Another significant theme in this prayer is an emphasis on the unity of Christians with one another; which Jesus prays for in verse 21 and develops this particular intercession further by saying that such a unity is rooted in God’s own Self: “As you, Father are in me and I am in you, may they also be in us.” Again such an emphasis highlights that unity is a gift of God’s grace, it always originates from God through Jesus to us. However, this unity is not unity for its own sake. No! Jesus states the ultimate purpose of Christian unity: “that the world (not merely a few privileged folks) may know that you (i.e. God the Parent-Creator) have sent me.” Jesus repeats this emphasis on unity in slightly different words, and then repeats the purpose of unity as well with an important addition: “that the world may know that you have sent me and have loved them even as you have loved me.” This addition, of course, is consistent with the larger schema of the Fourth Gospel, which emphasises God’s all-inclusive love for the world made incarnate through Jesus. After Jesus is raised from the dead and ascends into heaven, the incarnation—albeit imperfect because we are all sinners—is present in the world through loving servanthood of Jesus’ followers who have been given the in-dwelling Holy Spirit.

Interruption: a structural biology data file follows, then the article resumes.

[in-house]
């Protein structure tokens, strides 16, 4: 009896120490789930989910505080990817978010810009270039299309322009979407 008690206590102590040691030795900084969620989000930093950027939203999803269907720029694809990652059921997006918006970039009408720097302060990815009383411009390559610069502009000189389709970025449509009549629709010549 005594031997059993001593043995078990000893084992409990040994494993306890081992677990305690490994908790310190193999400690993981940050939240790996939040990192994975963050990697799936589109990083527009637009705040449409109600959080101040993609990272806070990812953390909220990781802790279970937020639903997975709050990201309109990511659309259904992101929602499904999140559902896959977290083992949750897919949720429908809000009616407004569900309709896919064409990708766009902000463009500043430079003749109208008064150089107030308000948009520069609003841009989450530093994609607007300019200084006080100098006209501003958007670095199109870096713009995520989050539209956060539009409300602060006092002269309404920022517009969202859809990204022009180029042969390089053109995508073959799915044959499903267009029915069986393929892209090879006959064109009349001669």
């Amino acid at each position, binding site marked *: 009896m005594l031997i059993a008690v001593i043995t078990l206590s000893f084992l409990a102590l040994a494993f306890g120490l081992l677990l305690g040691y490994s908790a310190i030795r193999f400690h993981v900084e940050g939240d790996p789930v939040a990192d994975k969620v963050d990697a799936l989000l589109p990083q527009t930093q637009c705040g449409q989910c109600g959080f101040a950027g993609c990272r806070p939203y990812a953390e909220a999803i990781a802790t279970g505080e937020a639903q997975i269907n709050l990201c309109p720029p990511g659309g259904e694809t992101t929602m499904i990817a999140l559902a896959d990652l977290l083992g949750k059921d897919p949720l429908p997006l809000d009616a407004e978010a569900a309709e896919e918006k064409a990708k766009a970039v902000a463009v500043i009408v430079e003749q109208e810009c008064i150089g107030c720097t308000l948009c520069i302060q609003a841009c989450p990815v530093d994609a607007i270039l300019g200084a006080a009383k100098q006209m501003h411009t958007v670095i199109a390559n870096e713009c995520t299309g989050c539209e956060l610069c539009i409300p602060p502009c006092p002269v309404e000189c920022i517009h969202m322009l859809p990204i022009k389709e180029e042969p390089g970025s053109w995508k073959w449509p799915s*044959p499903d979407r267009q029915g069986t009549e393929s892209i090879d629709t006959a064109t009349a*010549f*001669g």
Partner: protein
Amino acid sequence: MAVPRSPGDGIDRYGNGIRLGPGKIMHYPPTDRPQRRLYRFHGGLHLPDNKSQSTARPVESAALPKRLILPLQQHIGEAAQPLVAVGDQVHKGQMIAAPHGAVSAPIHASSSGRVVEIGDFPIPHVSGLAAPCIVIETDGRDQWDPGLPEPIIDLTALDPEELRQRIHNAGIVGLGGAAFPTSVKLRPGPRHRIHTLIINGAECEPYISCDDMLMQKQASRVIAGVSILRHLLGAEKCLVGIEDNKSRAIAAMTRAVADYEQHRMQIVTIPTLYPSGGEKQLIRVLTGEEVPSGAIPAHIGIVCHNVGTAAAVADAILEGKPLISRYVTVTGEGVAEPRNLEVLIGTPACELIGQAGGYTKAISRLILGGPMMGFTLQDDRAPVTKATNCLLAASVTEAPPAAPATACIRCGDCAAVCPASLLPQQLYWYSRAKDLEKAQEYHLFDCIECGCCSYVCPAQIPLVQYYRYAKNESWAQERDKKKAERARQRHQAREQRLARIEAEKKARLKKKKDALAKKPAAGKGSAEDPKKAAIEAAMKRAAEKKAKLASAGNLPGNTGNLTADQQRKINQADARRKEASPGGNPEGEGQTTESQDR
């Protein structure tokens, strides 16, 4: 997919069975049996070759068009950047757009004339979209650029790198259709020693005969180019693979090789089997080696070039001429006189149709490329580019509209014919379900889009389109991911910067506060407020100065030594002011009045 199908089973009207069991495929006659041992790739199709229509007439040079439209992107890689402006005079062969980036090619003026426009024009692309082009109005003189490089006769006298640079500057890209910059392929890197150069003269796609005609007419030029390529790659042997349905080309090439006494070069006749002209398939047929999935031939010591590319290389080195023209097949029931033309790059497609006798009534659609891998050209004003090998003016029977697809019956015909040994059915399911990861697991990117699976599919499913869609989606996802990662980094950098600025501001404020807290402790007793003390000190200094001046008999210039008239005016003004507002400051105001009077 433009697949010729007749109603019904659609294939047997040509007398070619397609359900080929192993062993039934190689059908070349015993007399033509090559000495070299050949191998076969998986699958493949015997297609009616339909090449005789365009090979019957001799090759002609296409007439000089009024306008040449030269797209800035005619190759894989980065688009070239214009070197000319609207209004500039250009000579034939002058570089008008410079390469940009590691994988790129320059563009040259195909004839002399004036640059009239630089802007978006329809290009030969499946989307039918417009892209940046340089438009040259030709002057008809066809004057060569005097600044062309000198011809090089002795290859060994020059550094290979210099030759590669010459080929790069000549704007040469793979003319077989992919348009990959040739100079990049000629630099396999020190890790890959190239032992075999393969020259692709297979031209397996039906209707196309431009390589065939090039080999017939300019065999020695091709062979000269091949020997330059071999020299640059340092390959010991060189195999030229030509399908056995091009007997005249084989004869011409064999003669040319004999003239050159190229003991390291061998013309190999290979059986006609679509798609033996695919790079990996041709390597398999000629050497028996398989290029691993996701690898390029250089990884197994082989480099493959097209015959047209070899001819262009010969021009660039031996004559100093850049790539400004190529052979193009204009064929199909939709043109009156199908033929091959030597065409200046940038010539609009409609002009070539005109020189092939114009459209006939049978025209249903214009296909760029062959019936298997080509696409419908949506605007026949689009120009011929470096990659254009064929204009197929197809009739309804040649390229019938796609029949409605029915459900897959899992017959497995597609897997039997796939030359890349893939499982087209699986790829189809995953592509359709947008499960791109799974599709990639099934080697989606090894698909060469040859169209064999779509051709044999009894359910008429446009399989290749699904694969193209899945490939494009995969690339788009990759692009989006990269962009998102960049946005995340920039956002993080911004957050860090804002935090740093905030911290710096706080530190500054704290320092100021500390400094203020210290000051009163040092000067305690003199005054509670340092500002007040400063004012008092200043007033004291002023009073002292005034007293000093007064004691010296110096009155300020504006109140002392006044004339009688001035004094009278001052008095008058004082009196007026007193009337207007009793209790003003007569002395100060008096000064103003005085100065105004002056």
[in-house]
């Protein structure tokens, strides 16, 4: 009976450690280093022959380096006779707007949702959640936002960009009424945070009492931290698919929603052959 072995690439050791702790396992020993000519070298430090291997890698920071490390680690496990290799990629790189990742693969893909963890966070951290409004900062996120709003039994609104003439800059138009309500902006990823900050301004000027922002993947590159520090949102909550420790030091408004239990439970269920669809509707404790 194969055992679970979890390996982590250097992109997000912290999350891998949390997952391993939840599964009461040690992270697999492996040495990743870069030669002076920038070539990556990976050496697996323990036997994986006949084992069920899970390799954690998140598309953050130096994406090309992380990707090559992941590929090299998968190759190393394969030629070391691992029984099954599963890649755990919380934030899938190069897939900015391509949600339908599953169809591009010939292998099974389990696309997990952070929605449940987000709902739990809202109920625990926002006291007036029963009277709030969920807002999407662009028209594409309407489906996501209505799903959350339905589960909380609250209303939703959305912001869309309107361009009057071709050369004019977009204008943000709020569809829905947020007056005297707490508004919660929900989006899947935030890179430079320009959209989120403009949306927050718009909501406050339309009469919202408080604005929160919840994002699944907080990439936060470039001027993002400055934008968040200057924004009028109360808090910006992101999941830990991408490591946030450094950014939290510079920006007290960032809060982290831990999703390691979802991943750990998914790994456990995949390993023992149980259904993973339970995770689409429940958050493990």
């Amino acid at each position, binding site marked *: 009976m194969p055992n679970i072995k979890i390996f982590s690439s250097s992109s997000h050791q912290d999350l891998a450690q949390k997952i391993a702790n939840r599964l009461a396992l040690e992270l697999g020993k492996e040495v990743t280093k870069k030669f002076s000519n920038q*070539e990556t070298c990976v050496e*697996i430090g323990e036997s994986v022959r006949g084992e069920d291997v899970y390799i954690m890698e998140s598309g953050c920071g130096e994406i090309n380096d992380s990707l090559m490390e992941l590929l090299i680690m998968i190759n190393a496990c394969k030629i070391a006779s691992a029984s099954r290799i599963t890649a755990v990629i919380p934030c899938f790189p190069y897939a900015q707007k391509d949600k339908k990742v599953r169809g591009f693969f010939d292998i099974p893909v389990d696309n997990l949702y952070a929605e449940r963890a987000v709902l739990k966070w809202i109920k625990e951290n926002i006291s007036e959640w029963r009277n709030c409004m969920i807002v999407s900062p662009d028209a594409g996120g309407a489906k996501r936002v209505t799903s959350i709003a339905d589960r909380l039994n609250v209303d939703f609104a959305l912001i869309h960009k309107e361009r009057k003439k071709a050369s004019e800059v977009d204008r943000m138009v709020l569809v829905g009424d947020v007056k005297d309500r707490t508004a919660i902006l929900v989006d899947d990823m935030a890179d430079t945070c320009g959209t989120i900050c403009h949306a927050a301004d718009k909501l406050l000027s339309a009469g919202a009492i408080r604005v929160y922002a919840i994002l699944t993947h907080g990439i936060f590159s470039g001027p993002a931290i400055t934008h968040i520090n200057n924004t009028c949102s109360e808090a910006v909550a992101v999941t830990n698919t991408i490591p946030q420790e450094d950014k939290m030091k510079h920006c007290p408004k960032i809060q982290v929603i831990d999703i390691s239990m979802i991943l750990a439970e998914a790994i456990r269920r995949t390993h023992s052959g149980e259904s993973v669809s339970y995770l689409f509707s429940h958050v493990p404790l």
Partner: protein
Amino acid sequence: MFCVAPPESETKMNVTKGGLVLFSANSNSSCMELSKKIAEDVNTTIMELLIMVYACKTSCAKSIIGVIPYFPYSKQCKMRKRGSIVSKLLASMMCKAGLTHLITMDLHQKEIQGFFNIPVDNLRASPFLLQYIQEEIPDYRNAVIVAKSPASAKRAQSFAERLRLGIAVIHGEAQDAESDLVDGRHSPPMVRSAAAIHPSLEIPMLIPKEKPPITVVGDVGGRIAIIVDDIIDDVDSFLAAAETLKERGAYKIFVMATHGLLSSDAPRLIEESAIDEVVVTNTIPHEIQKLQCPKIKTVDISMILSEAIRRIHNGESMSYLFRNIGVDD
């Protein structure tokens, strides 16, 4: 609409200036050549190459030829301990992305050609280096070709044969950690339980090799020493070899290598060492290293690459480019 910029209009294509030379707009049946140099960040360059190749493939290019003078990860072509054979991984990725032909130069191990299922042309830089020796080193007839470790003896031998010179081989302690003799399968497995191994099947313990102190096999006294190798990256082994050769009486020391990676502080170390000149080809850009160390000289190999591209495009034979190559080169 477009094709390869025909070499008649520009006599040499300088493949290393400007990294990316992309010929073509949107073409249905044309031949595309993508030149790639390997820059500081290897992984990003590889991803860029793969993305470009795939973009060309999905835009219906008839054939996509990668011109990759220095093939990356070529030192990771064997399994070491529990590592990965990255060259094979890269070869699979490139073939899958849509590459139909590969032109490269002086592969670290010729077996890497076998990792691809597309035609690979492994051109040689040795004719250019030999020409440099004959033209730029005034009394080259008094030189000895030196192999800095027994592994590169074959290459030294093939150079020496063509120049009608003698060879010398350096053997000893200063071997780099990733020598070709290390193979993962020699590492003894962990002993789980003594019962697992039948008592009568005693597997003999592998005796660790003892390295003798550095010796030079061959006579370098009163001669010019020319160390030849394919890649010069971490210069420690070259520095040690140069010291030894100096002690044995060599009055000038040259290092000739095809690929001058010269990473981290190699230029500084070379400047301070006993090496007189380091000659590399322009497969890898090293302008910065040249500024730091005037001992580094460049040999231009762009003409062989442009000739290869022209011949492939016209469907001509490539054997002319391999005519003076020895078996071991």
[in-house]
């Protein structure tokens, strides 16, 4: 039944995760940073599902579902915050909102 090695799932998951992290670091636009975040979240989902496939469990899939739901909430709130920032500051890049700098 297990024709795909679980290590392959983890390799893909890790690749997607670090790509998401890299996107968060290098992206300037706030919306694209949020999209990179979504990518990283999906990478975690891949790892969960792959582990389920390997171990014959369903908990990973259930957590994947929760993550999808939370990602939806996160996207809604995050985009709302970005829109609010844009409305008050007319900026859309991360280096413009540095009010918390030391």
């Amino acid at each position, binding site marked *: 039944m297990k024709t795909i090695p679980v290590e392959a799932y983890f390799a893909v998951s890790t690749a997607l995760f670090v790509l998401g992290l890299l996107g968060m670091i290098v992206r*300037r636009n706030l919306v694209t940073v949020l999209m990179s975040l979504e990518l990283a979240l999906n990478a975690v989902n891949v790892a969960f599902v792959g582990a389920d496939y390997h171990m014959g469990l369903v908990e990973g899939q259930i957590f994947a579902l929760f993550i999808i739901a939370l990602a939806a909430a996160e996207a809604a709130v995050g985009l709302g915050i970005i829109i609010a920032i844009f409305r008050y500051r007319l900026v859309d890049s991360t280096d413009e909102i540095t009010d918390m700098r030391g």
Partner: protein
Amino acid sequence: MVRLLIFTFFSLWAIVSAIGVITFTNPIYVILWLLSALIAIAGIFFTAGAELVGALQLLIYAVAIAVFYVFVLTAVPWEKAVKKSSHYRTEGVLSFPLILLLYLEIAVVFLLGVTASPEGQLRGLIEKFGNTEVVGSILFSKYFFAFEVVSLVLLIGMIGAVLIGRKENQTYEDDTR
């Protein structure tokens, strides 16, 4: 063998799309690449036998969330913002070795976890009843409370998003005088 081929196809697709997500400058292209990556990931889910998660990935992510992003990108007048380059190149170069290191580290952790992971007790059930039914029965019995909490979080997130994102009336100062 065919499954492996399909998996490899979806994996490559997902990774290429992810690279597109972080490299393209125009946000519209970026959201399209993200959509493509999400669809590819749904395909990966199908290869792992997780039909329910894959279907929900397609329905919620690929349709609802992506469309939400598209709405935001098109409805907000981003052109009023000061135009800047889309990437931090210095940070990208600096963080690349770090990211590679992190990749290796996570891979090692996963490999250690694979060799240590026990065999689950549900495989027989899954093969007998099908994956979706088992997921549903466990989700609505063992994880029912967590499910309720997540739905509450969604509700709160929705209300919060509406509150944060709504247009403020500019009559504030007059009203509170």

Jesus also prays that his followers would be with him “where I am,” which may refer to either his imminent suffering and death on the cross or his resurrected and ascended state in heaven or perhaps both. He asks for his followers to be with him where he is “to see my glory,” and again “my glory” may refer to at least two or more meanings—his suffering and death on the cross and/or his resurrected and ascended state in heaven.